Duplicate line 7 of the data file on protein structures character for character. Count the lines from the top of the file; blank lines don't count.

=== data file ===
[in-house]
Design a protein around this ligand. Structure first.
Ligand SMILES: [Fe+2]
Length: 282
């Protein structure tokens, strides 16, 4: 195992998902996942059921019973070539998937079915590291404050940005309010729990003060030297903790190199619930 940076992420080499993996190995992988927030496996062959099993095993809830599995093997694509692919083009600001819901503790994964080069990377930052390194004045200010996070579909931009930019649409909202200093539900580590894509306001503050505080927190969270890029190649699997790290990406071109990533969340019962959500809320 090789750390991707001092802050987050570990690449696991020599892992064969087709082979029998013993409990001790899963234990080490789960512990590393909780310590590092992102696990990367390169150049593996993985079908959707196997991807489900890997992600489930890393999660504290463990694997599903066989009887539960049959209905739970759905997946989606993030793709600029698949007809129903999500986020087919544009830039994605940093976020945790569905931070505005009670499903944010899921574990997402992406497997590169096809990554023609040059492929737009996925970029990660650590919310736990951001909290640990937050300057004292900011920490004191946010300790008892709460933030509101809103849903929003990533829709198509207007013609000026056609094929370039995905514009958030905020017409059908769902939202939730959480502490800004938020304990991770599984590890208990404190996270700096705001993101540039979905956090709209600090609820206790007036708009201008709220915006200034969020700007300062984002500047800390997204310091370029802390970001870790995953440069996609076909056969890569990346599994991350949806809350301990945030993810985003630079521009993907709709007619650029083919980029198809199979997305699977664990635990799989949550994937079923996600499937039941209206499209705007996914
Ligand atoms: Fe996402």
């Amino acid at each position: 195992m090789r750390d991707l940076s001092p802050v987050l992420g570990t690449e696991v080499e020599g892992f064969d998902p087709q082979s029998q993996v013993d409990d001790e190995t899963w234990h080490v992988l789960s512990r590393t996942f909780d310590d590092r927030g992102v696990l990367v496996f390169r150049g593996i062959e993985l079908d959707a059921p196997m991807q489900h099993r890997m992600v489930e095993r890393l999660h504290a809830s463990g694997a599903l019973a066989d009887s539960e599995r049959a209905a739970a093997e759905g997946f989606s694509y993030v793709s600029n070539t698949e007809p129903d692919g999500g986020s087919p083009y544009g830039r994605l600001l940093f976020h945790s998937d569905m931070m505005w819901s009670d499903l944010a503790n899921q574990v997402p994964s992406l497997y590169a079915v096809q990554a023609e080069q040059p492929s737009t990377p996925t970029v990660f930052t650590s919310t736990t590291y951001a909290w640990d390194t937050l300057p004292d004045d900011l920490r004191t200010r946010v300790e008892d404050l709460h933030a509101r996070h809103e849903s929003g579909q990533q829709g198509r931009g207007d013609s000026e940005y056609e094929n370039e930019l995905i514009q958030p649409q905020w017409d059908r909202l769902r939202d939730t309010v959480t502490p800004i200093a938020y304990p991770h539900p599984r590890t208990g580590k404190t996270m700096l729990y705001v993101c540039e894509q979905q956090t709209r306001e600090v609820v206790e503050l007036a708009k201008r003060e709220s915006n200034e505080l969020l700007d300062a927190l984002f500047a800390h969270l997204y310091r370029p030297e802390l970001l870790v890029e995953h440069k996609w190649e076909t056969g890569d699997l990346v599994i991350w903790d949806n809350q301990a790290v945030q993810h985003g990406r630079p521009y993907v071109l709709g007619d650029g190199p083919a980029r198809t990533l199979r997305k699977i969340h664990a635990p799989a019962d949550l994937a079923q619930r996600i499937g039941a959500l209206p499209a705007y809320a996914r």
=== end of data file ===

């Amino acid at each position: 195992m090789r750390d991707l940076s001092p802050v987050l992420g570990t690449e696991v080499e020599g892992f064969d998902p087709q082979s029998q993996v013993d409990d001790e190995t899963w234990h080490v992988l789960s512990r590393t996942f909780d310590d590092r927030g992102v696990l990367v496996f390169r150049g593996i062959e993985l079908d959707a059921p196997m991807q489900h099993r890997m992600v489930e095993r890393l999660h504290a809830s463990g694997a599903l019973a066989d009887s539960e599995r049959a209905a739970a093997e759905g997946f989606s694509y993030v793709s600029n070539t698949e007809p129903d692919g999500g986020s087919p083009y544009g830039r994605l600001l940093f976020h945790s998937d569905m931070m505005w819901s009670d499903l944010a503790n899921q574990v997402p994964s992406l497997y590169a079915v096809q990554a023609e080069q040059p492929s737009t990377p996925t970029v990660f930052t650590s919310t736990t590291y951001a909290w640990d390194t937050l300057p004292d004045d900011l920490r004191t200010r946010v300790e008892d404050l709460h933030a509101r996070h809103e849903s929003g579909q990533q829709g198509r931009g207007d013609s000026e940005y056609e094929n370039e930019l995905i514009q958030p649409q905020w017409d059908r909202l769902r939202d939730t309010v959480t502490p800004i200093a938020y304990p991770h539900p599984r590890t208990g580590k404190t996270m700096l729990y705001v993101c540039e894509q979905q956090t709209r306001e600090v609820v206790e503050l007036a708009k201008r003060e709220s915006n200034e505080l969020l700007d300062a927190l984002f500047a800390h969270l997204y310091r370029p030297e802390l970001l870790v890029e995953h440069k996609w190649e076909t056969g890569d699997l990346v599994i991350w903790d949806n809350q301990a790290v945030q993810h985003g990406r630079p521009y993907v071109l709709g007619d650029g190199p083919a980029r198809t990533l199979r997305k699977i969340h664990a635990p799989a019962d949550l994937a079923q619930r996600i499937g039941a959500l209206p499209a705007y809320a996914r």